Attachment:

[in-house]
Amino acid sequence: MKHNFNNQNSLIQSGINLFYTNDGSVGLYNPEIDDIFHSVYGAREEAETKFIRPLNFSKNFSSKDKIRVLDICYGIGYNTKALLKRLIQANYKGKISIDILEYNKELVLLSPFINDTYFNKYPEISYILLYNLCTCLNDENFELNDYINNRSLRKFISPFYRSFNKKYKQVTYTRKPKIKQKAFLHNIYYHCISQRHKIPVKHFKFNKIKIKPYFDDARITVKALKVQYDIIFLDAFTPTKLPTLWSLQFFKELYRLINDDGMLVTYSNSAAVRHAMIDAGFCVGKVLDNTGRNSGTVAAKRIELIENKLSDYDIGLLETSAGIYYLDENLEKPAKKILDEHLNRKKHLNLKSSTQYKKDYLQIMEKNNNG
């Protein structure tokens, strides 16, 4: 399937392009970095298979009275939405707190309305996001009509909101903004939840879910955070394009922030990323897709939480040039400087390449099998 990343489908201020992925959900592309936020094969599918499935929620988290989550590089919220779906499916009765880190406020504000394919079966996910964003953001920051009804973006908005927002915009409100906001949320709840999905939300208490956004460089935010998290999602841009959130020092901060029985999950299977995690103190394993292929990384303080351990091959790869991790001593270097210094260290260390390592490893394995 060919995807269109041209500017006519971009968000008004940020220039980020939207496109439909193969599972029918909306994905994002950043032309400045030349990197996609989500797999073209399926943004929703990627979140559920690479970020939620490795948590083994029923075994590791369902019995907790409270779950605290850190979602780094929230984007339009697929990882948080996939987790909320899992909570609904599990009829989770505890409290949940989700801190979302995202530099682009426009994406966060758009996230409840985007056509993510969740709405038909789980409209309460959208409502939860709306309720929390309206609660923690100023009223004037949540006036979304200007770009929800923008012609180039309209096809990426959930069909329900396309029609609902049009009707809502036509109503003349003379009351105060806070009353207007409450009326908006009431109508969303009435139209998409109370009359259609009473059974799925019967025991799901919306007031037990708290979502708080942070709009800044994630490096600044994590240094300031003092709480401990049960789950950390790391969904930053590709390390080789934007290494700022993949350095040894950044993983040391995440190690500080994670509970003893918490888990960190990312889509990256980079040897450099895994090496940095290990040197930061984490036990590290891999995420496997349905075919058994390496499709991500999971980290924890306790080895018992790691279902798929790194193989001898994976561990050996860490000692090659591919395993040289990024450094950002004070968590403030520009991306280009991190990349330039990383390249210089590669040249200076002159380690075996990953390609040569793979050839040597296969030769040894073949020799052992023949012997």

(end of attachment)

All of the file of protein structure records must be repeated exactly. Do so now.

[in-house]
Amino acid sequence: MKHNFNNQNSLIQSGINLFYTNDGSVGLYNPEIDDIFHSVYGAREEAETKFIRPLNFSKNFSSKDKIRVLDICYGIGYNTKALLKRLIQANYKGKISIDILEYNKELVLLSPFINDTYFNKYPEISYILLYNLCTCLNDENFELNDYINNRSLRKFISPFYRSFNKKYKQVTYTRKPKIKQKAFLHNIYYHCISQRHKIPVKHFKFNKIKIKPYFDDARITVKALKVQYDIIFLDAFTPTKLPTLWSLQFFKELYRLINDDGMLVTYSNSAAVRHAMIDAGFCVGKVLDNTGRNSGTVAAKRIELIENKLSDYDIGLLETSAGIYYLDENLEKPAKKILDEHLNRKKHLNLKSSTQYKKDYLQIMEKNNNG
């Protein structure tokens, strides 16, 4: 399937392009970095298979009275939405707190309305996001009509909101903004939840879910955070394009922030990323897709939480040039400087390449099998 990343489908201020992925959900592309936020094969599918499935929620988290989550590089919220779906499916009765880190406020504000394919079966996910964003953001920051009804973006908005927002915009409100906001949320709840999905939300208490956004460089935010998290999602841009959130020092901060029985999950299977995690103190394993292929990384303080351990091959790869991790001593270097210094260290260390390592490893394995 060919995807269109041209500017006519971009968000008004940020220039980020939207496109439909193969599972029918909306994905994002950043032309400045030349990197996609989500797999073209399926943004929703990627979140559920690479970020939620490795948590083994029923075994590791369902019995907790409270779950605290850190979602780094929230984007339009697929990882948080996939987790909320899992909570609904599990009829989770505890409290949940989700801190979302995202530099682009426009994406966060758009996230409840985007056509993510969740709405038909789980409209309460959208409502939860709306309720929390309206609660923690100023009223004037949540006036979304200007770009929800923008012609180039309209096809990426959930069909329900396309029609609902049009009707809502036509109503003349003379009351105060806070009353207007409450009326908006009431109508969303009435139209998409109370009359259609009473059974799925019967025991799901919306007031037990708290979502708080942070709009800044994630490096600044994590240094300031003092709480401990049960789950950390790391969904930053590709390390080789934007290494700022993949350095040894950044993983040391995440190690500080994670509970003893918490888990960190990312889509990256980079040897450099895994090496940095290990040197930061984490036990590290891999995420496997349905075919058994390496499709991500999971980290924890306790080895018992790691279902798929790194193989001898994976561990050996860490000692090659591919395993040289990024450094950002004070968590403030520009991306280009991190990349330039990383390249210089590669040249200076002159380690075996990953390609040569793979050839040597296969030769040894073949020799052992023949012997």